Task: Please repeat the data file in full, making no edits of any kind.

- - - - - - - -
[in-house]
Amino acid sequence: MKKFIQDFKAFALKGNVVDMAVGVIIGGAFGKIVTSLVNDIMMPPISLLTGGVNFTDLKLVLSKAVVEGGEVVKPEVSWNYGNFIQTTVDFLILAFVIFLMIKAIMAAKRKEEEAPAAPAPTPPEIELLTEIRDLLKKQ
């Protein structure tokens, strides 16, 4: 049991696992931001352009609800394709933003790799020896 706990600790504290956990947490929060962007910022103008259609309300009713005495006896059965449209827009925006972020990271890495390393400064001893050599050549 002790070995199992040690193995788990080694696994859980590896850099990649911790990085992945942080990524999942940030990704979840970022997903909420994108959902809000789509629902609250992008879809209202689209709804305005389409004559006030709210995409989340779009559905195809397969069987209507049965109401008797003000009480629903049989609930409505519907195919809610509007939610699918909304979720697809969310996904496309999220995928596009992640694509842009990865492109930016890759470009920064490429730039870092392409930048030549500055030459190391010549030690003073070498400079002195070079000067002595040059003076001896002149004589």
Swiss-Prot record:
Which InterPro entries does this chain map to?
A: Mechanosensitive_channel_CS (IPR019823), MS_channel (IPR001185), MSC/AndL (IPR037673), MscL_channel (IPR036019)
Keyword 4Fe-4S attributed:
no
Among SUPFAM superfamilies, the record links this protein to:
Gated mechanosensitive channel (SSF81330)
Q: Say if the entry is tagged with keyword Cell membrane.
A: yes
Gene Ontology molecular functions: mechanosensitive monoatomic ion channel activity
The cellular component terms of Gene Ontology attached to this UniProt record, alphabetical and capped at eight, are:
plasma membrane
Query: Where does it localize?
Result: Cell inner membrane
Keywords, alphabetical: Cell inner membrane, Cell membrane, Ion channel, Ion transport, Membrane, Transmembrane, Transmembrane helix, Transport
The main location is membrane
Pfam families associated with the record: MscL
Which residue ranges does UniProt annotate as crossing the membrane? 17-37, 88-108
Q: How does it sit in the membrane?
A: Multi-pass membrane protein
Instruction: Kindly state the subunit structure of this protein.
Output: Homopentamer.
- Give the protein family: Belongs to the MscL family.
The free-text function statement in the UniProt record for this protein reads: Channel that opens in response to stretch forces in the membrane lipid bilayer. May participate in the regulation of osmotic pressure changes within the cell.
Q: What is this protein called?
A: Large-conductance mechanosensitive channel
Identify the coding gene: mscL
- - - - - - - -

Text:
[in-house]
Amino acid sequence: MKKFIQDFKAFALKGNVVDMAVGVIIGGAFGKIVTSLVNDIMMPPISLLTGGVNFTDLKLVLSKAVVEGGEVVKPEVSWNYGNFIQTTVDFLILAFVIFLMIKAIMAAKRKEEEAPAAPAPTPPEIELLTEIRDLLKKQ
């Protein structure tokens, strides 16, 4: 049991696992931001352009609800394709933003790799020896 706990600790504290956990947490929060962007910022103008259609309300009713005495006896059965449209827009925006972020990271890495390393400064001893050599050549 002790070995199992040690193995788990080694696994859980590896850099990649911790990085992945942080990524999942940030990704979840970022997903909420994108959902809000789509629902609250992008879809209202689209709804305005389409004559006030709210995409989340779009559905195809397969069987209507049965109401008797003000009480629903049989609930409505519907195919809610509007939610699918909304979720697809969310996904496309999220995928596009992640694509842009990865492109930016890759470009920064490429730039870092392409930048030549500055030459190391010549030690003073070498400079002195070079000067002595040059003076001896002149004589």
Swiss-Prot record:
Which InterPro entries does this chain map to?
A: Mechanosensitive_channel_CS (IPR019823), MS_channel (IPR001185), MSC/AndL (IPR037673), MscL_channel (IPR036019)
Keyword 4Fe-4S attributed:
no
Among SUPFAM superfamilies, the record links this protein to:
Gated mechanosensitive channel (SSF81330)
Q: Say if the entry is tagged with keyword Cell membrane.
A: yes
Gene Ontology molecular functions: mechanosensitive monoatomic ion channel activity
The cellular component terms of Gene Ontology attached to this UniProt record, alphabetical and capped at eight, are:
plasma membrane
Query: Where does it localize?
Result: Cell inner membrane
Keywords, alphabetical: Cell inner membrane, Cell membrane, Ion channel, Ion transport, Membrane, Transmembrane, Transmembrane helix, Transport
The main location is membrane
Pfam families associated with the record: MscL
Which residue ranges does UniProt annotate as crossing the membrane? 17-37, 88-108
Q: How does it sit in the membrane?
A: Multi-pass membrane protein
Instruction: Kindly state the subunit structure of this protein.
Output: Homopentamer.
- Give the protein family: Belongs to the MscL family.
The free-text function statement in the UniProt record for this protein reads: Channel that opens in response to stretch forces in the membrane lipid bilayer. May participate in the regulation of osmotic pressure changes within the cell.
Q: What is this protein called?
A: Large-conductance mechanosensitive channel
Identify the coding gene: mscL